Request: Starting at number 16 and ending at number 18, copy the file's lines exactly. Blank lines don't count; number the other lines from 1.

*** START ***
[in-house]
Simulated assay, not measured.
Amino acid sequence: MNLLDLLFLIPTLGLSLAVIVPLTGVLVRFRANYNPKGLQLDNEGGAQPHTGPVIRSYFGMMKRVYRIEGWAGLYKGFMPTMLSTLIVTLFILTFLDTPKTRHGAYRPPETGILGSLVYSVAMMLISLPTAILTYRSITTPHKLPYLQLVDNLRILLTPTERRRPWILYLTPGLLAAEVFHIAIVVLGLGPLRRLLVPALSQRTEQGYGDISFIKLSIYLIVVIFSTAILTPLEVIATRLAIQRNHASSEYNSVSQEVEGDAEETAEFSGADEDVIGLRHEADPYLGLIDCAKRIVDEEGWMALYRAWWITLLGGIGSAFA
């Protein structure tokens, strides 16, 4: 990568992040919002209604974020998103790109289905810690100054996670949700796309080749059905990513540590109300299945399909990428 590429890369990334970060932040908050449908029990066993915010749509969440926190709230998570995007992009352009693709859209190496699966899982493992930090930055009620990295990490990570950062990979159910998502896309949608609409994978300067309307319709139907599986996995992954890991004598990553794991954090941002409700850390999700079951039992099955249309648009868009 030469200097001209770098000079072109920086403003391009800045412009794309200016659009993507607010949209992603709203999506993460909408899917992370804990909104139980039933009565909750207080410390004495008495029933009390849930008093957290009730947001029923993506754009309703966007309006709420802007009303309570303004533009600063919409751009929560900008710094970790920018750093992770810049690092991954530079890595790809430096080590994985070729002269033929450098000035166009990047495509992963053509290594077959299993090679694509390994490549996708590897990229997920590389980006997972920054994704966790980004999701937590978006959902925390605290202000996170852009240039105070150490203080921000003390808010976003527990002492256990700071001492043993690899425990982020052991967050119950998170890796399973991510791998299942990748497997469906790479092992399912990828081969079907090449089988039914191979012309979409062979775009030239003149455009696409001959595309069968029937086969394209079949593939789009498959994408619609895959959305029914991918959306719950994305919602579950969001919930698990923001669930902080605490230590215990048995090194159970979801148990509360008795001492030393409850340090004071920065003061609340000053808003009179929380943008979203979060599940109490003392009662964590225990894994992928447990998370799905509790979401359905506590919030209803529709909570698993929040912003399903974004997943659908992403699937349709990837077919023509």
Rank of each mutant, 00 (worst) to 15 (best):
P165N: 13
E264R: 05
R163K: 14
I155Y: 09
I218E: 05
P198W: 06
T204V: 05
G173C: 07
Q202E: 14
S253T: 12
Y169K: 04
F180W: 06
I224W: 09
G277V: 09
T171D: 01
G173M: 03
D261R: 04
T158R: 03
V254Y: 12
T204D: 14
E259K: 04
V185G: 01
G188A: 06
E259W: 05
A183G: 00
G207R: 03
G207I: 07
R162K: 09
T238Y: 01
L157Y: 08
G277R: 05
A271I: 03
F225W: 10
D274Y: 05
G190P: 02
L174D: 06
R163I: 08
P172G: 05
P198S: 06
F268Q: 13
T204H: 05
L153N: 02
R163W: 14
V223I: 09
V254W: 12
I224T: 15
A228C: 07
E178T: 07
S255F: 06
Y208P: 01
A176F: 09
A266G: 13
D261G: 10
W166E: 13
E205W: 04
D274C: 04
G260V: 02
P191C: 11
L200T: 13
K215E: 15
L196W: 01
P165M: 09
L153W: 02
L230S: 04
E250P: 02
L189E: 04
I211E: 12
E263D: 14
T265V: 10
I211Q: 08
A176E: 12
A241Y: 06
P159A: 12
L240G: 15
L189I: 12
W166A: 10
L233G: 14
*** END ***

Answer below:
Y169K: 04
F180W: 06
I224W: 09